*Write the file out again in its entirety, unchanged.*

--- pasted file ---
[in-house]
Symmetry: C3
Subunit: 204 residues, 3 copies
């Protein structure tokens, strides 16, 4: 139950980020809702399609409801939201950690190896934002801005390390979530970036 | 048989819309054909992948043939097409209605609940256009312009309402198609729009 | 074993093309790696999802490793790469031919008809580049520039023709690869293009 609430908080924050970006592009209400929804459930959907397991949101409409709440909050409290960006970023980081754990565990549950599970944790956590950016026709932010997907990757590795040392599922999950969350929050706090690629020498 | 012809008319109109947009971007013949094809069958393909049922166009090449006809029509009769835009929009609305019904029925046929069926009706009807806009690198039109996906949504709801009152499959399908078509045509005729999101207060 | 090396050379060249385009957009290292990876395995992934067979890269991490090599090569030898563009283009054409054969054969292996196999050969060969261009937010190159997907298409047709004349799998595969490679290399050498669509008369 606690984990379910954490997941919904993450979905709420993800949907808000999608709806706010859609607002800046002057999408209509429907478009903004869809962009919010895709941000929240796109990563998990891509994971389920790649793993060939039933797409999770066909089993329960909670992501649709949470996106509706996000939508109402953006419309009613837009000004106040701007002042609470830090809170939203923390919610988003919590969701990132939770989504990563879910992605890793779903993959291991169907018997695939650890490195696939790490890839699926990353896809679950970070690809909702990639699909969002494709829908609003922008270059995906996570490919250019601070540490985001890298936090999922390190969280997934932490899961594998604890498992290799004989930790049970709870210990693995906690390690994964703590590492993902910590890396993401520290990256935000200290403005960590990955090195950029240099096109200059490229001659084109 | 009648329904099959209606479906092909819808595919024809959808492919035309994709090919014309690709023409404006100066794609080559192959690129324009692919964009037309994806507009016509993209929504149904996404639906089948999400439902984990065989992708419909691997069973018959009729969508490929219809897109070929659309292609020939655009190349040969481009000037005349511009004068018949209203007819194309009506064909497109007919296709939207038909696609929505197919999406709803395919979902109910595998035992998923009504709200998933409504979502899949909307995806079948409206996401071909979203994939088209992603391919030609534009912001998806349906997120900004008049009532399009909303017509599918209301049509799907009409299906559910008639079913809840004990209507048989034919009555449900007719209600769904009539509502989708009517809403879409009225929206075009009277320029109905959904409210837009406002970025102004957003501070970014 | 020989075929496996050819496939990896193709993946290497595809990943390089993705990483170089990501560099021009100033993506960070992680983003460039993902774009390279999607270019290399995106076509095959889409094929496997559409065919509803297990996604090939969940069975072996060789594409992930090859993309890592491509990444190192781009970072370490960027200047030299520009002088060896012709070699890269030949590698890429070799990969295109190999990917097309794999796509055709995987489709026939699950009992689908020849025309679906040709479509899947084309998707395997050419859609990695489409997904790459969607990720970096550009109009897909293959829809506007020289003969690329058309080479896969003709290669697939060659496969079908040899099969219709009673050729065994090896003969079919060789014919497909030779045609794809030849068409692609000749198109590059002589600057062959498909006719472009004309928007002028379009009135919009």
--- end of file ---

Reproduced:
[in-house]
Symmetry: C3
Subunit: 204 residues, 3 copies
């Protein structure tokens, strides 16, 4: 139950980020809702399609409801939201950690190896934002801005390390979530970036 | 048989819309054909992948043939097409209605609940256009312009309402198609729009 | 074993093309790696999802490793790469031919008809580049520039023709690869293009 609430908080924050970006592009209400929804459930959907397991949101409409709440909050409290960006970023980081754990565990549950599970944790956590950016026709932010997907990757590795040392599922999950969350929050706090690629020498 | 012809008319109109947009971007013949094809069958393909049922166009090449006809029509009769835009929009609305019904029925046929069926009706009807806009690198039109996906949504709801009152499959399908078509045509005729999101207060 | 090396050379060249385009957009290292990876395995992934067979890269991490090599090569030898563009283009054409054969054969292996196999050969060969261009937010190159997907298409047709004349799998595969490679290399050498669509008369 606690984990379910954490997941919904993450979905709420993800949907808000999608709806706010859609607002800046002057999408209509429907478009903004869809962009919010895709941000929240796109990563998990891509994971389920790649793993060939039933797409999770066909089993329960909670992501649709949470996106509706996000939508109402953006419309009613837009000004106040701007002042609470830090809170939203923390919610988003919590969701990132939770989504990563879910992605890793779903993959291991169907018997695939650890490195696939790490890839699926990353896809679950970070690809909702990639699909969002494709829908609003922008270059995906996570490919250019601070540490985001890298936090999922390190969280997934932490899961594998604890498992290799004989930790049970709870210990693995906690390690994964703590590492993902910590890396993401520290990256935000200290403005960590990955090195950029240099096109200059490229001659084109 | 009648329904099959209606479906092909819808595919024809959808492919035309994709090919014309690709023409404006100066794609080559192959690129324009692919964009037309994806507009016509993209929504149904996404639906089948999400439902984990065989992708419909691997069973018959009729969508490929219809897109070929659309292609020939655009190349040969481009000037005349511009004068018949209203007819194309009506064909497109007919296709939207038909696609929505197919999406709803395919979902109910595998035992998923009504709200998933409504979502899949909307995806079948409206996401071909979203994939088209992603391919030609534009912001998806349906997120900004008049009532399009909303017509599918209301049509799907009409299906559910008639079913809840004990209507048989034919009555449900007719209600769904009539509502989708009517809403879409009225929206075009009277320029109905959904409210837009406002970025102004957003501070970014 | 020989075929496996050819496939990896193709993946290497595809990943390089993705990483170089990501560099021009100033993506960070992680983003460039993902774009390279999607270019290399995106076509095959889409094929496997559409065919509803297990996604090939969940069975072996060789594409992930090859993309890592491509990444190192781009970072370490960027200047030299520009002088060896012709070699890269030949590698890429070799990969295109190999990917097309794999796509055709995987489709026939699950009992689908020849025309679906040709479509899947084309998707395997050419859609990695489409997904790459969607990720970096550009109009897909293959829809506007020289003969690329058309080479896969003709290669697939060659496969079908040899099969219709009673050729065994090896003969079919060789014919497909030779045609794809030849068409692609000749198109590059002589600057062959498909006719472009004309928007002028379009009135919009």